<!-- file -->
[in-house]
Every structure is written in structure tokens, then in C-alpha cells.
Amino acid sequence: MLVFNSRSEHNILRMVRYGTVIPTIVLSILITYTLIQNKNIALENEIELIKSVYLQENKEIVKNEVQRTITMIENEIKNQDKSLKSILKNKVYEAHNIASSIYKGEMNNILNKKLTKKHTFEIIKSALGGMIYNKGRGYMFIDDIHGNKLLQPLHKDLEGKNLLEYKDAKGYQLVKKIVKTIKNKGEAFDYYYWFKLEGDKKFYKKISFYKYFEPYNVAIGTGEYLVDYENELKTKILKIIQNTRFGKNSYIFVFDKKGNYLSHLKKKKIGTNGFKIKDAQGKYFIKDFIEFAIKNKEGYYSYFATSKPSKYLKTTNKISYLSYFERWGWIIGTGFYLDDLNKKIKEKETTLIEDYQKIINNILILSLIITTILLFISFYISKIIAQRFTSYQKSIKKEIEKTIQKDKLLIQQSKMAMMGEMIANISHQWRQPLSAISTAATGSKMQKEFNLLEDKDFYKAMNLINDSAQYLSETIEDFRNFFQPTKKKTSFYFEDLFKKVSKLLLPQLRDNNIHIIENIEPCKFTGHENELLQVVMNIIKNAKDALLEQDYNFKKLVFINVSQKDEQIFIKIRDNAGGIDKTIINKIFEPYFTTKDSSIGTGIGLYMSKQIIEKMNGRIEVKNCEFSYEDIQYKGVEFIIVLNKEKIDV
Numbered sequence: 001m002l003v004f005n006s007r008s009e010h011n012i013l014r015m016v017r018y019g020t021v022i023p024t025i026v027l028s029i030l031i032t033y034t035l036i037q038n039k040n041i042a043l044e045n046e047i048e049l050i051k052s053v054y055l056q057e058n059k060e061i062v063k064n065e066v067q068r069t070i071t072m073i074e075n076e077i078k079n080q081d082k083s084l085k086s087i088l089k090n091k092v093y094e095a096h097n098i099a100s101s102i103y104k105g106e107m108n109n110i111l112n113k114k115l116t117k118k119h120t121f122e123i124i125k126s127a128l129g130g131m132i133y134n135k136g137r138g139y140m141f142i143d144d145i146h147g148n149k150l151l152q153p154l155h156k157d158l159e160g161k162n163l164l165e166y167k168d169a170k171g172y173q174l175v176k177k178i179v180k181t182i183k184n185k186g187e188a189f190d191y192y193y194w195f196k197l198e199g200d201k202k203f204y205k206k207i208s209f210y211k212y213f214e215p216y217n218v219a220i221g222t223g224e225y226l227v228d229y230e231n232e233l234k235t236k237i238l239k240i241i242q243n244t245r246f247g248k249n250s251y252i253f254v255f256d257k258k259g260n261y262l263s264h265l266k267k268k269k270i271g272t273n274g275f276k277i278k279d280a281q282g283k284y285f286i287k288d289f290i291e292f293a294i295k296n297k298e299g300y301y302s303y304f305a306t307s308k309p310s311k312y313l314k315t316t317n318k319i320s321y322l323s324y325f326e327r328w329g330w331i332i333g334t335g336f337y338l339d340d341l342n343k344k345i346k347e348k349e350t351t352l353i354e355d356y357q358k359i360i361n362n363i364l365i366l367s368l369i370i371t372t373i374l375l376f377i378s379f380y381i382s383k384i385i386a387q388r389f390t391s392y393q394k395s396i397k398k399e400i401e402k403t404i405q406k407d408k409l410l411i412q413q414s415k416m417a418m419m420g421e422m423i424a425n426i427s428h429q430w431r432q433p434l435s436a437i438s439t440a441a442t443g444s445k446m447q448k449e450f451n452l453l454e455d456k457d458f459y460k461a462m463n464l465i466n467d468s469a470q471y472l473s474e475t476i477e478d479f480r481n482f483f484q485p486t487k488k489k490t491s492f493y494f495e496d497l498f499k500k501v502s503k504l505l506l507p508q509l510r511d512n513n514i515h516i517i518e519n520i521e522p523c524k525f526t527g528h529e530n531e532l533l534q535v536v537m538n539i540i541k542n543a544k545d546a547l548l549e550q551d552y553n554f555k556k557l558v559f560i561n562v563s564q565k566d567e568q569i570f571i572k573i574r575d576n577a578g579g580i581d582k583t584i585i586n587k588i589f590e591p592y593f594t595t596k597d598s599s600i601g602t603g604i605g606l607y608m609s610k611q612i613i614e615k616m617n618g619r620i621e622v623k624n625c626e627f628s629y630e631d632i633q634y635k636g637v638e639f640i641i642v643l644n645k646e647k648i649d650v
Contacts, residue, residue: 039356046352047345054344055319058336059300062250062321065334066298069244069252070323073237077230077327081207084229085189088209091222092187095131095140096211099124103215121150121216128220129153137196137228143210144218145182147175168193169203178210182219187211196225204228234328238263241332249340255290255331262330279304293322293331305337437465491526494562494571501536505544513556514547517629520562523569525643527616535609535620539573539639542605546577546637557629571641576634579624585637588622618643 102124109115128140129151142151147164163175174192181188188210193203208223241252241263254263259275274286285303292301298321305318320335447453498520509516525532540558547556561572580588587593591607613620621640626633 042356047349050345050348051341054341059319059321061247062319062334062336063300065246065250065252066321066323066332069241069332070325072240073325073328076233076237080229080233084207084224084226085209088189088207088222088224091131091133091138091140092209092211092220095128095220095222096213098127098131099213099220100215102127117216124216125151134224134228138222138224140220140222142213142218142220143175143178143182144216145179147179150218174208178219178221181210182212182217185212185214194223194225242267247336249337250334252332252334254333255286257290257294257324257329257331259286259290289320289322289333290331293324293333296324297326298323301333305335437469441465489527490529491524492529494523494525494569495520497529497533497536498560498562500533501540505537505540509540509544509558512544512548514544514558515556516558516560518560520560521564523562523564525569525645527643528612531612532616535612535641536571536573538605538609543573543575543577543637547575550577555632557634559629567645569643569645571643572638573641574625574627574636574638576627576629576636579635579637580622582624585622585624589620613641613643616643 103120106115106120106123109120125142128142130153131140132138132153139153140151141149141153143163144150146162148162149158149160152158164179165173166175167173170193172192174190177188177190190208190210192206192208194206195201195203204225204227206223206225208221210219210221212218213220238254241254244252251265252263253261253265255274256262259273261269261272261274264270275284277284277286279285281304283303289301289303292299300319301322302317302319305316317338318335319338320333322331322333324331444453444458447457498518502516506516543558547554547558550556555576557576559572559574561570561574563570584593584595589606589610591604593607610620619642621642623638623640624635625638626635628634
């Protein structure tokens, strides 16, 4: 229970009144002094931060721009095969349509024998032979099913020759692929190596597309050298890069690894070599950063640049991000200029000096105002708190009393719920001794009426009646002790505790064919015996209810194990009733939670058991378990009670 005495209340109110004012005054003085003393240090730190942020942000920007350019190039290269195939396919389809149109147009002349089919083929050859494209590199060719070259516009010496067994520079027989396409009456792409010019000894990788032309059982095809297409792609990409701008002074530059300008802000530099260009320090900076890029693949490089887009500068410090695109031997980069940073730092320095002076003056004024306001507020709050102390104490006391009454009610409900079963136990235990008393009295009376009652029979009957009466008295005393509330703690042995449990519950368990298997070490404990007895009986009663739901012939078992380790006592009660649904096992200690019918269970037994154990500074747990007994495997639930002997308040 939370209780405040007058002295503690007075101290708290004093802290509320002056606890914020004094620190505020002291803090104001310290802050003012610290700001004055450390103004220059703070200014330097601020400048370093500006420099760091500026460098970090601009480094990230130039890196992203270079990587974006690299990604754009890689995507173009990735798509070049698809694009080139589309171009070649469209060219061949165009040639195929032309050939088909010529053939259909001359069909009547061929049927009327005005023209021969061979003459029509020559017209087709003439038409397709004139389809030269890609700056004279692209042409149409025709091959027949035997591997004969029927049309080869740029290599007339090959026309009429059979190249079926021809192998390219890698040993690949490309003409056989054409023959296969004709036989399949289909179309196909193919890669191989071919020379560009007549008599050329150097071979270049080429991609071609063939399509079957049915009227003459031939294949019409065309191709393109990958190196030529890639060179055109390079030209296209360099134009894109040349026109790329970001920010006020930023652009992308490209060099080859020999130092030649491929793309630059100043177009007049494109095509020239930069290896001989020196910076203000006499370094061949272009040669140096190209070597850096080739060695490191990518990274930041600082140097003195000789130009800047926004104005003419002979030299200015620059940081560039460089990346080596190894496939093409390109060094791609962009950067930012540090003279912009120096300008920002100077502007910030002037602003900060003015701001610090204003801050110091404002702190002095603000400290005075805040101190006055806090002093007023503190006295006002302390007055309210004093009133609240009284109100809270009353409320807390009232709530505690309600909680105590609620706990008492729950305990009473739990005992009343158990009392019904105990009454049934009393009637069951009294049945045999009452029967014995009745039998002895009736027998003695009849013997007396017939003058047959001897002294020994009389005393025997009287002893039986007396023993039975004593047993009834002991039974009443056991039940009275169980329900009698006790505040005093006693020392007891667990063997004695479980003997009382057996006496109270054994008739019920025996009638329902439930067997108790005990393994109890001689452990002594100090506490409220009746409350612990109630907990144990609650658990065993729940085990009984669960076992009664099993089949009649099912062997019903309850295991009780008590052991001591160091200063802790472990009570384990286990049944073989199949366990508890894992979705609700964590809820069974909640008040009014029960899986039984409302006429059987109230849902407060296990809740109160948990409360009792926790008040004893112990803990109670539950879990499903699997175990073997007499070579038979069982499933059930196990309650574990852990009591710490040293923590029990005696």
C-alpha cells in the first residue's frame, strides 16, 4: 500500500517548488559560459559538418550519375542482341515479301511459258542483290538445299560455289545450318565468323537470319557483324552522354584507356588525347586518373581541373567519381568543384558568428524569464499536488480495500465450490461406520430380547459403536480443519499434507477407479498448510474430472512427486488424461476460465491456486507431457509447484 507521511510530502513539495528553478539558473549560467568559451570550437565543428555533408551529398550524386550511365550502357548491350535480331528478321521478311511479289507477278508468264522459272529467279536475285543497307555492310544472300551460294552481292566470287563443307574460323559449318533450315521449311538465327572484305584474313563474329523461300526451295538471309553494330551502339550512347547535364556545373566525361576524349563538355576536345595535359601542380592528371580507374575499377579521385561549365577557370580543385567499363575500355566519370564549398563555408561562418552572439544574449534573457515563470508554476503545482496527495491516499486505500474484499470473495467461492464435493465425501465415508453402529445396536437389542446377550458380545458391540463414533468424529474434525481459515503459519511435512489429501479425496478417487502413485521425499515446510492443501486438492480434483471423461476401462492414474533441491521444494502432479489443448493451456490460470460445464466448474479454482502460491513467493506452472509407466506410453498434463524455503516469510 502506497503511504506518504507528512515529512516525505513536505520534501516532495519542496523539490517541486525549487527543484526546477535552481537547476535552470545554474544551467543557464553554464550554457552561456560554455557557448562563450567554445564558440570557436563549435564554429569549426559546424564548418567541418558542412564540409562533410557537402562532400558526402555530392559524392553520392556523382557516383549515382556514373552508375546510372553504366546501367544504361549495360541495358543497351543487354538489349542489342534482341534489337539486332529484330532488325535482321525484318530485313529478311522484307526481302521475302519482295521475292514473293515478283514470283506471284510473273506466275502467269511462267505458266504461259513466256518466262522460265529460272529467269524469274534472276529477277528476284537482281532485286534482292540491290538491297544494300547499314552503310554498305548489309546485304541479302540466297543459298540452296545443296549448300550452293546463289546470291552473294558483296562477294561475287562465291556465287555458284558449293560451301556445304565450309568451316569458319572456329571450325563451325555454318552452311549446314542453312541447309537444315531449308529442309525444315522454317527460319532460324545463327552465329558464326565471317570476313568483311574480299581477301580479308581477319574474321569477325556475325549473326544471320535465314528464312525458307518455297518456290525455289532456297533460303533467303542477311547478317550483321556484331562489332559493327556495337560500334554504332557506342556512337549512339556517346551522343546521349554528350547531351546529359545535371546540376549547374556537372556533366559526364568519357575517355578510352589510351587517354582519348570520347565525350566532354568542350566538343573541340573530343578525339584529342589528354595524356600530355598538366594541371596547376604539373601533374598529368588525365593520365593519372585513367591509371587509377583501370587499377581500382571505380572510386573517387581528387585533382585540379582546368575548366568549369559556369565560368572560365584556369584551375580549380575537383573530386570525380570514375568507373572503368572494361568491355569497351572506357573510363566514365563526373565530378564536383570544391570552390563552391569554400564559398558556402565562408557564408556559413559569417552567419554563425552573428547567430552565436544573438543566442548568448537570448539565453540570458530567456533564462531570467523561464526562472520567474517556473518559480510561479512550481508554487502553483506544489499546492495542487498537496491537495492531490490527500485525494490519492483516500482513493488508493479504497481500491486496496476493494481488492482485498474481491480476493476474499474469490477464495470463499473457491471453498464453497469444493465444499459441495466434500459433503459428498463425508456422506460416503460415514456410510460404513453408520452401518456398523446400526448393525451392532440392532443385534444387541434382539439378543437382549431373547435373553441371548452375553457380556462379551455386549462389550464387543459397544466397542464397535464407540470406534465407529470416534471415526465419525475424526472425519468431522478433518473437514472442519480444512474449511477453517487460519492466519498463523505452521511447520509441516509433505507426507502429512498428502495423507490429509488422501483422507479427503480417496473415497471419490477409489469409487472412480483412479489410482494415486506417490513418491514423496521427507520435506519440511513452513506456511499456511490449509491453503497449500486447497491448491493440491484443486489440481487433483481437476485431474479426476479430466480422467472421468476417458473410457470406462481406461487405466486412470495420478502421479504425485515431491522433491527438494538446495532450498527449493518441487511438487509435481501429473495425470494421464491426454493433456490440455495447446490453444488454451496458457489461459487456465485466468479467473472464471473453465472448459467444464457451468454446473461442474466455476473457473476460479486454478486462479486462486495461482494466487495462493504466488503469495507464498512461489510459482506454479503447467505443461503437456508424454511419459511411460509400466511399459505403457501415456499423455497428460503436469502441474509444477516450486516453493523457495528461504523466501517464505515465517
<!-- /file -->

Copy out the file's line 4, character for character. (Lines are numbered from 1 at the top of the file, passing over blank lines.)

Numbered sequence: 001m002l003v004f005n006s007r008s009e010h011n012i013l014r015m016v017r018y019g020t021v022i023p024t025i026v027l028s029i030l031i032t033y034t035l036i037q038n039k040n041i042a043l044e045n046e047i048e049l050i051k052s053v054y055l056q057e058n059k060e061i062v063k064n065e066v067q068r069t070i071t072m073i074e075n076e077i078k079n080q081d082k083s084l085k086s087i088l089k090n091k092v093y094e095a096h097n098i099a100s101s102i103y104k105g106e107m108n109n110i111l112n113k114k115l116t117k118k119h120t121f122e123i124i125k126s127a128l129g130g131m132i133y134n135k136g137r138g139y140m141f142i143d144d145i146h147g148n149k150l151l152q153p154l155h156k157d158l159e160g161k162n163l164l165e166y167k168d169a170k171g172y173q174l175v176k177k178i179v180k181t182i183k184n185k186g187e188a189f190d191y192y193y194w195f196k197l198e199g200d201k202k203f204y205k206k207i208s209f210y211k212y213f214e215p216y217n218v219a220i221g222t223g224e225y226l227v228d229y230e231n232e233l234k235t236k237i238l239k240i241i242q243n244t245r246f247g248k249n250s251y252i253f254v255f256d257k258k259g260n261y262l263s264h265l266k267k268k269k270i271g272t273n274g275f276k277i278k279d280a281q282g283k284y285f286i287k288d289f290i291e292f293a294i295k296n297k298e299g300y301y302s303y304f305a306t307s308k309p310s311k312y313l314k315t316t317n318k319i320s321y322l323s324y325f326e327r328w329g330w331i332i333g334t335g336f337y338l339d340d341l342n343k344k345i346k347e348k349e350t351t352l353i354e355d356y357q358k359i360i361n362n363i364l365i366l367s368l369i370i371t372t373i374l375l376f377i378s379f380y381i382s383k384i385i386a387q388r389f390t391s392y393q394k395s396i397k398k399e400i401e402k403t404i405q406k407d408k409l410l411i412q413q414s415k416m417a418m419m420g421e422m423i424a425n426i427s428h429q430w431r432q433p434l435s436a437i438s439t440a441a442t443g444s445k446m447q448k449e450f451n452l453l454e455d456k457d458f459y460k461a462m463n464l465i466n467d468s469a470q471y472l473s474e475t476i477e478d479f480r481n482f483f484q485p486t487k488k489k490t491s492f493y494f495e496d497l498f499k500k501v502s503k504l505l506l507p508q509l510r511d512n513n514i515h516i517i518e519n520i521e522p523c524k525f526t527g528h529e530n531e532l533l534q535v536v537m538n539i540i541k542n543a544k545d546a547l548l549e550q551d552y553n554f555k556k557l558v559f560i561n562v563s564q565k566d567e568q569i570f571i572k573i574r575d576n577a578g579g580i581d582k583t584i585i586n587k588i589f590e591p592y593f594t595t596k597d598s599s600i601g602t603g604i605g606l607y608m609s610k611q612i613i614e615k616m617n618g619r620i621e622v623k624n625c626e627f628s629y630e631d632i633q634y635k636g637v638e639f640i641i642v643l644n645k646e647k648i649d650v